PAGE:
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Technical Paper

Late Intake Valve Closing with Throttle Control at Light Loads for a Lean-Burn Natural Gas Engine

Heavy-duty natural gas engines available today are typically derived from diesel engines. The biggest discrepancy in thermal efficiency between a natural gas engine and its diesel counterpart comes at low loads. This is particularly true for a lean-burn throttle-controlled refuse hauler. Field data shows that a refuse hauler operates at low speeds for the majority of the time, averaging between 3 to 7 miles per hour. As a result, many developers focus primarily on the improvement of thermal efficiency at light loads and low speeds. One way to improve efficiency at light loads is through the use of a late intake valve closing (IVC) technique. With the increase in electronic and hydraulic control technologies, the potential benefits of late IVC with unthrottled control are realizable in production engines.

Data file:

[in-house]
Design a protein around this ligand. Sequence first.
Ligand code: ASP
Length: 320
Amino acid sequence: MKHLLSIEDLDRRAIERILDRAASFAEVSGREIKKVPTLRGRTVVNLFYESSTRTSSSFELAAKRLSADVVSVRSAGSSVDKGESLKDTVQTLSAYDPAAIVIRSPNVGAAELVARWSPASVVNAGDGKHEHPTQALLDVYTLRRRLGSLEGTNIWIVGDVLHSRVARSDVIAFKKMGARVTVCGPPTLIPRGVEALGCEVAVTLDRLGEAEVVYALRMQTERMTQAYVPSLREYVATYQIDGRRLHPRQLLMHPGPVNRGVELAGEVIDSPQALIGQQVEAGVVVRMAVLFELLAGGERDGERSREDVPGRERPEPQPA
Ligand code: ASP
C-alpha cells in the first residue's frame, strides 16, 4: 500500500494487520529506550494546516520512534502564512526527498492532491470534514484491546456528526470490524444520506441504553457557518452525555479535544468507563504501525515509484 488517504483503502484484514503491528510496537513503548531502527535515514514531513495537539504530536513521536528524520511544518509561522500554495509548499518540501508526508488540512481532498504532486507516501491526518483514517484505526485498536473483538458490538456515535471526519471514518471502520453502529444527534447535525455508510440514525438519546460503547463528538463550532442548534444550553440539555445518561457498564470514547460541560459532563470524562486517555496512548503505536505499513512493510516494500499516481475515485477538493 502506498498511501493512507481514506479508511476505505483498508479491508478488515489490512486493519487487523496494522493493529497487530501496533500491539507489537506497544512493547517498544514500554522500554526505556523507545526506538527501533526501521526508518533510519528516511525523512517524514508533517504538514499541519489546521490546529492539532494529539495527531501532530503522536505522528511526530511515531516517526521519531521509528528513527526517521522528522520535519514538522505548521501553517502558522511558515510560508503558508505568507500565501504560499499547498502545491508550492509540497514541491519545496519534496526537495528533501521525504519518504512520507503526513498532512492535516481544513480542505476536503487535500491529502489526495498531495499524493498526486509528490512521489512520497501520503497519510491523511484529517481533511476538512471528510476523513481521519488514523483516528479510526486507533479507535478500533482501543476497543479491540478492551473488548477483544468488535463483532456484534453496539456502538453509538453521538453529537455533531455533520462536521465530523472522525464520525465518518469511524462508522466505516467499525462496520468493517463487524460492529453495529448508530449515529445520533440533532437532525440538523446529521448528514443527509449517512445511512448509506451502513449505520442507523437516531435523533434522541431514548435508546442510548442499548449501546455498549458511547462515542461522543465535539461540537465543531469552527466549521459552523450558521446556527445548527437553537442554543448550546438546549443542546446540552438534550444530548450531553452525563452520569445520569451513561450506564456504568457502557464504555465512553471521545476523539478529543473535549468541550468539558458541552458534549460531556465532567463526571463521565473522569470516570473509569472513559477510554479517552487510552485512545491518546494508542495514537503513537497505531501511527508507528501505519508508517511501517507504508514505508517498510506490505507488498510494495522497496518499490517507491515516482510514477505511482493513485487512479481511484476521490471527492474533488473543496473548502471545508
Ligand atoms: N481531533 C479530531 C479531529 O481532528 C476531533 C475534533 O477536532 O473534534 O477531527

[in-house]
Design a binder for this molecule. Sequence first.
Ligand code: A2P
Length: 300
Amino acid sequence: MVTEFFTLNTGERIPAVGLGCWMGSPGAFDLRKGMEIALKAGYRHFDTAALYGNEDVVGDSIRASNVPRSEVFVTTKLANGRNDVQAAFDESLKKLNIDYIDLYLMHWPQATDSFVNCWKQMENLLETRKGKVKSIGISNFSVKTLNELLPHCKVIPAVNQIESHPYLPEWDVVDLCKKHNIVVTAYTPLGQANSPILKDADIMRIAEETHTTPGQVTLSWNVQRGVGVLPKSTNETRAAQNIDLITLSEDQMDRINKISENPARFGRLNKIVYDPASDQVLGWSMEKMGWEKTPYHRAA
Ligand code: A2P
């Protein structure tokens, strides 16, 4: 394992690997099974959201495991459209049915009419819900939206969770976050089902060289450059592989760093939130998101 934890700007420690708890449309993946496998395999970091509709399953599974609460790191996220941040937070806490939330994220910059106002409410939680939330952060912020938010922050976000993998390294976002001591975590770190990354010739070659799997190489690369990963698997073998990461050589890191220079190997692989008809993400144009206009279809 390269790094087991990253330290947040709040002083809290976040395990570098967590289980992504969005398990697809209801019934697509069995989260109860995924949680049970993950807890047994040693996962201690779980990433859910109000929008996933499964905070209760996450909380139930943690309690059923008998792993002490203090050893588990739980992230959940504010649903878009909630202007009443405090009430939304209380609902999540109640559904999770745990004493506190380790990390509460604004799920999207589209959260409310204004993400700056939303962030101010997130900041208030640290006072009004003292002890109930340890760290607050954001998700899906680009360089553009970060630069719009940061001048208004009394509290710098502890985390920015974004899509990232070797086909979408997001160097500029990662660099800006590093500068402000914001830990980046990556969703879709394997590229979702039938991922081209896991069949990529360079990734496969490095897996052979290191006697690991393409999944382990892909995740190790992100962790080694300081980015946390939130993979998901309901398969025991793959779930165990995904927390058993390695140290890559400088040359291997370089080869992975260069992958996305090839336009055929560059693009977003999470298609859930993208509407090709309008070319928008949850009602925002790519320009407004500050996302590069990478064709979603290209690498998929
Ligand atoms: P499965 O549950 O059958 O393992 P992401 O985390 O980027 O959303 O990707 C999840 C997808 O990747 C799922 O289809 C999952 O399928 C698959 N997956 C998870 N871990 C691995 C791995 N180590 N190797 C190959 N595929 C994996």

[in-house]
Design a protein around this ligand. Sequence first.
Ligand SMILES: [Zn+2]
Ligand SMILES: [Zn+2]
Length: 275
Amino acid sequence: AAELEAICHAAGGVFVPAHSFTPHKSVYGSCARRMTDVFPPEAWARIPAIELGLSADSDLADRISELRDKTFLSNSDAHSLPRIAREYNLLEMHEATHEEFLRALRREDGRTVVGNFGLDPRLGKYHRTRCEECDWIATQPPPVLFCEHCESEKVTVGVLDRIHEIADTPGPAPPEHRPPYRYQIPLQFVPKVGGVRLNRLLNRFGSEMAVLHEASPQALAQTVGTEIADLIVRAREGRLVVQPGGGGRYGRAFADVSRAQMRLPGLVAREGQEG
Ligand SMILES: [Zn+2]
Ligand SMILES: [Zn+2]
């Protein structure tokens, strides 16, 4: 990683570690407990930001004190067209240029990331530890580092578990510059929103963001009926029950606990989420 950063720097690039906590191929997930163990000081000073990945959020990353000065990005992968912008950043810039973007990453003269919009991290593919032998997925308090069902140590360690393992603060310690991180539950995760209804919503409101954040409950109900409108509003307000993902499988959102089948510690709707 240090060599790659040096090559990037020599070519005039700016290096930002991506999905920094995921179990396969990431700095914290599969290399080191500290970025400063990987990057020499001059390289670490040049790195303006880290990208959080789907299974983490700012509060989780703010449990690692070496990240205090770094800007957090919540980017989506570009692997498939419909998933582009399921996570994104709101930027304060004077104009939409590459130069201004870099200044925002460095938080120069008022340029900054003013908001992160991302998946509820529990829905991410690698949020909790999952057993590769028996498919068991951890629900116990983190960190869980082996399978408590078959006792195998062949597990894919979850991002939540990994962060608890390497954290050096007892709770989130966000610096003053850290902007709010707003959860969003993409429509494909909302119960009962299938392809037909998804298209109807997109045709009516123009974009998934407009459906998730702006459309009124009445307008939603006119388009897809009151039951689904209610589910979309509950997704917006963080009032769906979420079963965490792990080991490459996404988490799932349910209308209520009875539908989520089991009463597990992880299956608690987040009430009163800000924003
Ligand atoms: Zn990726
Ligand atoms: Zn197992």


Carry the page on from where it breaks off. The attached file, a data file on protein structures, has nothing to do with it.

Technical Paper

Effect of Reduced Boost Air Temperature on Knock Limited Brake Mean Effective Pressure (BMEP)

The effect of low temperature intake air on the knock limited brake mean effective pressure (BMEP) in a spark ignited natural gas engine is described in this paper. This work was conducted to demonstrate the feasibility of using the vaporization of liquefied natural gas (LNG) to reduce the intake air temperature of engines operating on LNG fuel. The effect on steady-state emissions and transient response are also reported. Three different intake air temperatures were tested and evaluated as to their impact upon engine performance and gaseous emissions output. The results of these tests are as follows. The reduced intake air temperature allowed for a 30.7% (501 kPa) increase in the knock-limited BMEP (comparing the 10°C (50°F) intake air results with the 54.4°C (130°F) results). Exhaust emissions were recorded at constant BMEP for varying intake air temperatures.